Building Bridges Of Time, Places And People:: Tombs, Temples & Cities Of Egypt, Israel, Greece & Italy, Volume 1

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Author House, May 3, 2012 - Religion - 346 pages
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Mysteries associated with ancient Egypt are not confined to the pyramids of Giza. For example, consider these:

• One Egyptian hieroglyph is patterned after a bird known as the jabiru; another is an image of a saguaro cactus. Both the jabiru and the saguaro are found only in the Western Hemisphere, so how did they become hieroglyphs?

• Tutankhamen is referred to as the “boy-king” by Egyptologists. Why then were statues found in the tomb portraits of a young woman?

• Hatshepsut is said to have been a female pharaoh who reigned for 22 years but then disappeared from the scene. What happened to her? And why was her image expunged from the walls of temples?

• Senenmut, a favorite of Hatshepsut, wrote that he “had access to all the writings of the prophets”. Which prophets did he mean?

• Why does the face of the mummy of Ramesses II not match the statues of this great pharaoh? Also, why did the embalmers remove the stomach and place the heart on the right side of the thorax? And why were diced tobacco leaves from the Western Hemisphere used to line the chest cavity?

• Why was Yuya, supposedly the father of the great Queen Tiy, buried with three coffins while his wife had only two? Moreover, why did the mask that covered his face, along with the face on the innermost coffin, look totally different from the mummy and from each other?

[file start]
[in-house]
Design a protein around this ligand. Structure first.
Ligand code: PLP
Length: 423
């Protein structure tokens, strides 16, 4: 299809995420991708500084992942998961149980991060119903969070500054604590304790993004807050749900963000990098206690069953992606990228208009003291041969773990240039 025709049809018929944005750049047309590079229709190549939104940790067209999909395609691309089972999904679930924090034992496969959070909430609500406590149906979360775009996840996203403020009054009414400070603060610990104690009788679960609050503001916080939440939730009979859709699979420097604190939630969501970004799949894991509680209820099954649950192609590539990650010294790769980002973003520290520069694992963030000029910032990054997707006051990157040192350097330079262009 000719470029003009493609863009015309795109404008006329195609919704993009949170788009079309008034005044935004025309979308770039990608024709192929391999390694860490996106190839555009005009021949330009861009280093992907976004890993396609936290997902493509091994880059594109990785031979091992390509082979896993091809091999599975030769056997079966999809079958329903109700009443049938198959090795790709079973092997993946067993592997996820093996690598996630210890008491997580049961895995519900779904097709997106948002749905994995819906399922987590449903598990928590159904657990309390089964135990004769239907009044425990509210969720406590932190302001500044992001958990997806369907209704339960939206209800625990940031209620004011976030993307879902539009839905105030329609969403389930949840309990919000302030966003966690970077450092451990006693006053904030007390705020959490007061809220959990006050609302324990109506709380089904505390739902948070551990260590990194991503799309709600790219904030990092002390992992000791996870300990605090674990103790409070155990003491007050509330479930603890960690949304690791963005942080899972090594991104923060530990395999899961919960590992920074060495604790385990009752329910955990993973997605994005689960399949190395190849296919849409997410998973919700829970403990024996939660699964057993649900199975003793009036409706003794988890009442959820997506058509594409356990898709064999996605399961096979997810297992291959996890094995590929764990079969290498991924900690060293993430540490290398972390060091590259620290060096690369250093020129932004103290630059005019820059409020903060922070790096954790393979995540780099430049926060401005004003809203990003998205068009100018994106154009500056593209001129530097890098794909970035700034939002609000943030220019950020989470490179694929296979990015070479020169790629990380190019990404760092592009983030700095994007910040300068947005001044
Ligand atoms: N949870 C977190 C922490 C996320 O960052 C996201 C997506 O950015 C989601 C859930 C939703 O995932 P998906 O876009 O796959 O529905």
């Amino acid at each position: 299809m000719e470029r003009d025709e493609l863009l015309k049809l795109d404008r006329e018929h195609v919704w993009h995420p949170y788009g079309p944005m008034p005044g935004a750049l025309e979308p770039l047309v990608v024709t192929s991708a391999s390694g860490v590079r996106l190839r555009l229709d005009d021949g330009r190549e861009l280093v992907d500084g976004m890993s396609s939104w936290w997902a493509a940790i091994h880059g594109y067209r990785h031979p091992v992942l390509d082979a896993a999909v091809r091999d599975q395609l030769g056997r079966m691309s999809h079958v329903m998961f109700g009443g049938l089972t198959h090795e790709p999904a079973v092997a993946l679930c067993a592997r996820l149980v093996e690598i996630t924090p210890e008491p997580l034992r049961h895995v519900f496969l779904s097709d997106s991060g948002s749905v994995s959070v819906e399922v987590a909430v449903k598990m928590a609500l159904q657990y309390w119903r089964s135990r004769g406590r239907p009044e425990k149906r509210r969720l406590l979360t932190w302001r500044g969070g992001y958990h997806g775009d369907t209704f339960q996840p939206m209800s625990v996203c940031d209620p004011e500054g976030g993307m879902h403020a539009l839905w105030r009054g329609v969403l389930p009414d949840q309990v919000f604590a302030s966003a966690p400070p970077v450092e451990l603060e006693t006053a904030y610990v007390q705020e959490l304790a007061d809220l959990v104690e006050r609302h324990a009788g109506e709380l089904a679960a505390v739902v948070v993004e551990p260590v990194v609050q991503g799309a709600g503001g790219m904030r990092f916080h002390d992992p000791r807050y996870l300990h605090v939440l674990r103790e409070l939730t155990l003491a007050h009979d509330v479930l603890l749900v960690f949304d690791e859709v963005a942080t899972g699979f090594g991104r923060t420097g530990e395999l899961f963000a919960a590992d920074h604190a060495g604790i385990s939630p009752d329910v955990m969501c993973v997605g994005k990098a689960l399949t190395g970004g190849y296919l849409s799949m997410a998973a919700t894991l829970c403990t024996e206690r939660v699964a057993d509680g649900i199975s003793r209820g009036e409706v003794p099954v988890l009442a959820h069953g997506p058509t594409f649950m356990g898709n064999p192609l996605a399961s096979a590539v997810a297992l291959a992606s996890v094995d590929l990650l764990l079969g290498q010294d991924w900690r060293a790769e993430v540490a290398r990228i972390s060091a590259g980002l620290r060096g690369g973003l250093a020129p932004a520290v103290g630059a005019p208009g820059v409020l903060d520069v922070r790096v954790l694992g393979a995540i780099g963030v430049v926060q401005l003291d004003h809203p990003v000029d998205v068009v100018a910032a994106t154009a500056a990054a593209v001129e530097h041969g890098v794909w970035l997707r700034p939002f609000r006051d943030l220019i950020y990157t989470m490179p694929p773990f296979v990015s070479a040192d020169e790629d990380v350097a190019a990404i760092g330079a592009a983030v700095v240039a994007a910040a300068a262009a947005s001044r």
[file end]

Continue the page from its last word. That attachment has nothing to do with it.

• Death masks were found not just in Egypt but in Greece as well. The most famous of these came from grave # 5 at Mycenae. Each eye of this gold mask has double eyelids. In addition, like the Sphinx at Giza and the Shroud of Turin, the left eye is higher than the right and the mouth is not centered. How can such similarities be explained?

• Turning to Italy, on the underside of the right wrist of the Prima Porta statue of Augustus there is the distinct impression of the head of a spike. According to historians this statue depicts the first emperor of Rome, but what if it is instead a portrait of a man who was crucified?

These mysteries, along with many others, are examined in detail and then convincingly explained in this first of two volumes to explore crucial links between Egypt, Israel, Greece and Italy.

 

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